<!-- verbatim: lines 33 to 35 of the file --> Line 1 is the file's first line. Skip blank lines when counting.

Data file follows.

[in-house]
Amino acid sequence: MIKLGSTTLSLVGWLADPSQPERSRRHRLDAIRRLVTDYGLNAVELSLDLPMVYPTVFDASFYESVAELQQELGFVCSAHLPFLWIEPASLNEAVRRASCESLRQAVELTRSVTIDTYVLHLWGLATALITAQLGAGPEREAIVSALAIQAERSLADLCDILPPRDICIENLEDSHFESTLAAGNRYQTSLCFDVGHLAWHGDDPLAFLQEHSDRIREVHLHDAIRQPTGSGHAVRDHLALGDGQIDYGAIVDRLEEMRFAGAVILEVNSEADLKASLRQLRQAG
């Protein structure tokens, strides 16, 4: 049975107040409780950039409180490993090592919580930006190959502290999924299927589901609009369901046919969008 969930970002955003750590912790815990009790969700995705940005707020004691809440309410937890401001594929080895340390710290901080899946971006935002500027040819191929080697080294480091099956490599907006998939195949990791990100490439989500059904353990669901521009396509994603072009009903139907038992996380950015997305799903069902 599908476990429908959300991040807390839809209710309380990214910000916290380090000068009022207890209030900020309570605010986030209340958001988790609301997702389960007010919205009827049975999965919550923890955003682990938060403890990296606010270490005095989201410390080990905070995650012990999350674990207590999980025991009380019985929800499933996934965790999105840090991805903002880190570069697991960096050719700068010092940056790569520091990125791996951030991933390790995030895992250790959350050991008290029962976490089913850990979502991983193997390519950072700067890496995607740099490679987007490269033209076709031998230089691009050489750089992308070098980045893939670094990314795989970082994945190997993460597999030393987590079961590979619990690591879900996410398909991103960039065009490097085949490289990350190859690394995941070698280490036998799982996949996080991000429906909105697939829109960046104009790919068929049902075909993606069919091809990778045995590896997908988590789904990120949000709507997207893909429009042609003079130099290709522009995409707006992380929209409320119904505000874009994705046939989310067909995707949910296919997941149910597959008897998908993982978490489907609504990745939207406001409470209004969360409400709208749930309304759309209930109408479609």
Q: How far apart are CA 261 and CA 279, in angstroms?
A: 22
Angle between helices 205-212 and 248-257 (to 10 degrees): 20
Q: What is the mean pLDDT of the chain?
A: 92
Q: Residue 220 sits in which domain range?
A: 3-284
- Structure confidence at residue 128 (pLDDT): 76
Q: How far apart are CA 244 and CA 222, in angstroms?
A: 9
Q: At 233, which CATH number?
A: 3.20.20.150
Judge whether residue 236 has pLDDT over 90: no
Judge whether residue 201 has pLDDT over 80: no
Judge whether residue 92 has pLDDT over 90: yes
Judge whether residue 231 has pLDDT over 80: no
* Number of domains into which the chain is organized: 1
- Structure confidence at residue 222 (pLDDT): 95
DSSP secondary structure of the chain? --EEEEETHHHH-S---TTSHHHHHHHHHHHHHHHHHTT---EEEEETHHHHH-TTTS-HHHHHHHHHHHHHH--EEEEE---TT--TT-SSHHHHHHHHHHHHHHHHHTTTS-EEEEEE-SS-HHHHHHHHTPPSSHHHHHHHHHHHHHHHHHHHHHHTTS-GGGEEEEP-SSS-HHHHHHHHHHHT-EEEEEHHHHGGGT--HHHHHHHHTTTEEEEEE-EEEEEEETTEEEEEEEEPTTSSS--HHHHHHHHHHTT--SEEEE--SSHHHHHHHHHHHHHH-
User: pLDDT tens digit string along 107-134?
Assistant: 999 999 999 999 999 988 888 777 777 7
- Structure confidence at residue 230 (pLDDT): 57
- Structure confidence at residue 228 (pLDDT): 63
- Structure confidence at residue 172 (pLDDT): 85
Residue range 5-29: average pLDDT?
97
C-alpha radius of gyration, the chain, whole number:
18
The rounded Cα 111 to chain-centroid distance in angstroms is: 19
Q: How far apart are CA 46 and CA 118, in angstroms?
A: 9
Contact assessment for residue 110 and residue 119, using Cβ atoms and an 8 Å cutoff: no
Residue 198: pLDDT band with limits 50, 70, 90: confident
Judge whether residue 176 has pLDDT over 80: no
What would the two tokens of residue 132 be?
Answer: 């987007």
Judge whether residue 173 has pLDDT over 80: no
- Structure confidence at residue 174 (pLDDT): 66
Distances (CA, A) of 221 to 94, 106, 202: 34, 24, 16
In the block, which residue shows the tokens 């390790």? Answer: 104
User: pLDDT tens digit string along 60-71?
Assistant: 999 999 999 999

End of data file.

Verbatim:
Q: How far apart are CA 46 and CA 118, in angstroms?
A: 9
Contact assessment for residue 110 and residue 119, using Cβ atoms and an 8 Å cutoff: no